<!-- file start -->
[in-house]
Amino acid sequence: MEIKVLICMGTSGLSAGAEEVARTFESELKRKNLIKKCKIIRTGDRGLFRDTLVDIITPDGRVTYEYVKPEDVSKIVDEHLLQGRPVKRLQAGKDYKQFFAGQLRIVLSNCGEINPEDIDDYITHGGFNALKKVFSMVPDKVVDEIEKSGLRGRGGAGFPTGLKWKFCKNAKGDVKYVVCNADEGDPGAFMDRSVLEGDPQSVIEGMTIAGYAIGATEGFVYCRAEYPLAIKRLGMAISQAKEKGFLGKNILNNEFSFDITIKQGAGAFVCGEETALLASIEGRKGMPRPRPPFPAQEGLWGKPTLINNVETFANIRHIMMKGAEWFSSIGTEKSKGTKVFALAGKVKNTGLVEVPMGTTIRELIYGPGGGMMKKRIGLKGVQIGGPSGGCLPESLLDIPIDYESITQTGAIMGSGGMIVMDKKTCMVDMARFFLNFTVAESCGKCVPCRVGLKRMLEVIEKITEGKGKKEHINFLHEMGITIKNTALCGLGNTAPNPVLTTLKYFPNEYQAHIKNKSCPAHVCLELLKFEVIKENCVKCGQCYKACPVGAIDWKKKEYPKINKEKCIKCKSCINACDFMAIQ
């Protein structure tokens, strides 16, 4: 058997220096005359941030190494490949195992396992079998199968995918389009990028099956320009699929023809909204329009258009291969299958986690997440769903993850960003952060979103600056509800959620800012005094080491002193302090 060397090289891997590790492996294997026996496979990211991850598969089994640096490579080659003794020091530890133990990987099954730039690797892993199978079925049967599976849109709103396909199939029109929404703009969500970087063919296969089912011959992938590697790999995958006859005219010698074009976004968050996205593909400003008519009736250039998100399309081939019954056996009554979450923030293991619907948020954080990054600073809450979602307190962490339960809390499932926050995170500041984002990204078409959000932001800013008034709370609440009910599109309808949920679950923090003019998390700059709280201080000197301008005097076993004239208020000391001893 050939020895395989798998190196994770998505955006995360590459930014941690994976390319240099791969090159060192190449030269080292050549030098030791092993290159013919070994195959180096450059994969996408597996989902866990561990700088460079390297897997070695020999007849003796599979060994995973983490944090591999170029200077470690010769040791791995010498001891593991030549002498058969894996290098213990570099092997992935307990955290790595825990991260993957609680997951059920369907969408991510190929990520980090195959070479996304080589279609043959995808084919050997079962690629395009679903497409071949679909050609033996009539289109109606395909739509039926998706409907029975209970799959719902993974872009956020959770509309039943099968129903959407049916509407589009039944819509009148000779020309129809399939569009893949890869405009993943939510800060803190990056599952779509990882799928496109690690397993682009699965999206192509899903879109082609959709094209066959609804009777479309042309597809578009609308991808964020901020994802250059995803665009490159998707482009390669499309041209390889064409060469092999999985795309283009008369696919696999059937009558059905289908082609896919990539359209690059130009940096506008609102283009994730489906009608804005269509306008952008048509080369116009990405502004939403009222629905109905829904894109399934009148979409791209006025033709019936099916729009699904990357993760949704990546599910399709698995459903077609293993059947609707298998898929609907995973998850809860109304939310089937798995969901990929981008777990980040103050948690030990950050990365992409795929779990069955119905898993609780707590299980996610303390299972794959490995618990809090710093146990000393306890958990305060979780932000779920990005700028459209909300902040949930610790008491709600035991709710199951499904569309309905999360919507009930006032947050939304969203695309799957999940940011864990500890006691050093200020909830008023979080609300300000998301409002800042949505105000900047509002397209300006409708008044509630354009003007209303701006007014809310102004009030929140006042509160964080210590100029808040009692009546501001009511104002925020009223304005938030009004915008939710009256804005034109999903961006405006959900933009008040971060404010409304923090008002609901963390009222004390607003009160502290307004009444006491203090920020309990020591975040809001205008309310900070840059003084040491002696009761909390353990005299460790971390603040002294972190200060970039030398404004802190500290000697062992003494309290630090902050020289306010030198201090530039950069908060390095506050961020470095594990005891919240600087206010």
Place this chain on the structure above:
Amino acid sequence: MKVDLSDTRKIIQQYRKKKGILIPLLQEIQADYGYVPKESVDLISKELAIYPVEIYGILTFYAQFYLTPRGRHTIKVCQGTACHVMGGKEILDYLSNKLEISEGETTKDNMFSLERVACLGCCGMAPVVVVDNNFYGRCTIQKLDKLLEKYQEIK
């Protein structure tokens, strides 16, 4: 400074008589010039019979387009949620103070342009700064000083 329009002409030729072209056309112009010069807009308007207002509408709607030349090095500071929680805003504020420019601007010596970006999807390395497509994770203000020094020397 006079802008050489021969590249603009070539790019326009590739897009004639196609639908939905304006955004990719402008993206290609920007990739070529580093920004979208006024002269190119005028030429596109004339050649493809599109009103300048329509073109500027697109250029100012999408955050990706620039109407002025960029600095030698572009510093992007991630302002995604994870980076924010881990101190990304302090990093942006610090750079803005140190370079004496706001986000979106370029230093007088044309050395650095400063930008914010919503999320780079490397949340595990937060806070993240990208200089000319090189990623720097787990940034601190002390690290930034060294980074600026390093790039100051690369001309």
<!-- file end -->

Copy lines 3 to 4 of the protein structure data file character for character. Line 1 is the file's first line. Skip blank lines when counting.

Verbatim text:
């Protein structure tokens, strides 16, 4: 058997220096005359941030190494490949195992396992079998199968995918389009990028099956320009699929023809909204329009258009291969299958986690997440769903993850960003952060979103600056509800959620800012005094080491002193302090 060397090289891997590790492996294997026996496979990211991850598969089994640096490579080659003794020091530890133990990987099954730039690797892993199978079925049967599976849109709103396909199939029109929404703009969500970087063919296969089912011959992938590697790999995958006859005219010698074009976004968050996205593909400003008519009736250039998100399309081939019954056996009554979450923030293991619907948020954080990054600073809450979602307190962490339960809390499932926050995170500041984002990204078409959000932001800013008034709370609440009910599109309808949920679950923090003019998390700059709280201080000197301008005097076993004239208020000391001893 050939020895395989798998190196994770998505955006995360590459930014941690994976390319240099791969090159060192190449030269080292050549030098030791092993290159013919070994195959180096450059994969996408597996989902866990561990700088460079390297897997070695020999007849003796599979060994995973983490944090591999170029200077470690010769040791791995010498001891593991030549002498058969894996290098213990570099092997992935307990955290790595825990991260993957609680997951059920369907969408991510190929990520980090195959070479996304080589279609043959995808084919050997079962690629395009679903497409071949679909050609033996009539289109109606395909739509039926998706409907029975209970799959719902993974872009956020959770509309039943099968129903959407049916509407589009039944819509009148000779020309129809399939569009893949890869405009993943939510800060803190990056599952779509990882799928496109690690397993682009699965999206192509899903879109082609959709094209066959609804009777479309042309597809578009609308991808964020901020994802250059995803665009490159998707482009390669499309041209390889064409060469092999999985795309283009008369696919696999059937009558059905289908082609896919990539359209690059130009940096506008609102283009994730489906009608804005269509306008952008048509080369116009990405502004939403009222629905109905829904894109399934009148979409791209006025033709019936099916729009699904990357993760949704990546599910399709698995459903077609293993059947609707298998898929609907995973998850809860109304939310089937798995969901990929981008777990980040103050948690030990950050990365992409795929779990069955119905898993609780707590299980996610303390299972794959490995618990809090710093146990000393306890958990305060979780932000779920990005700028459209909300902040949930610790008491709600035991709710199951499904569309309905999360919507009930006032947050939304969203695309799957999940940011864990500890006691050093200020909830008023979080609300300000998301409002800042949505105000900047509002397209300006409708008044509630354009003007209303701006007014809310102004009030929140006042509160964080210590100029808040009692009546501001009511104002925020009223304005938030009004915008939710009256804005034109999903961006405006959900933009008040971060404010409304923090008002609901963390009222004390607003009160502290307004009444006491203090920020309990020591975040809001205008309310900070840059003084040491002696009761909390353990005299460790971390603040002294972190200060970039030398404004802190500290000697062992003494309290630090902050020289306010030198201090530039950069908060390095506050961020470095594990005891919240600087206010």
Place this chain on the structure above: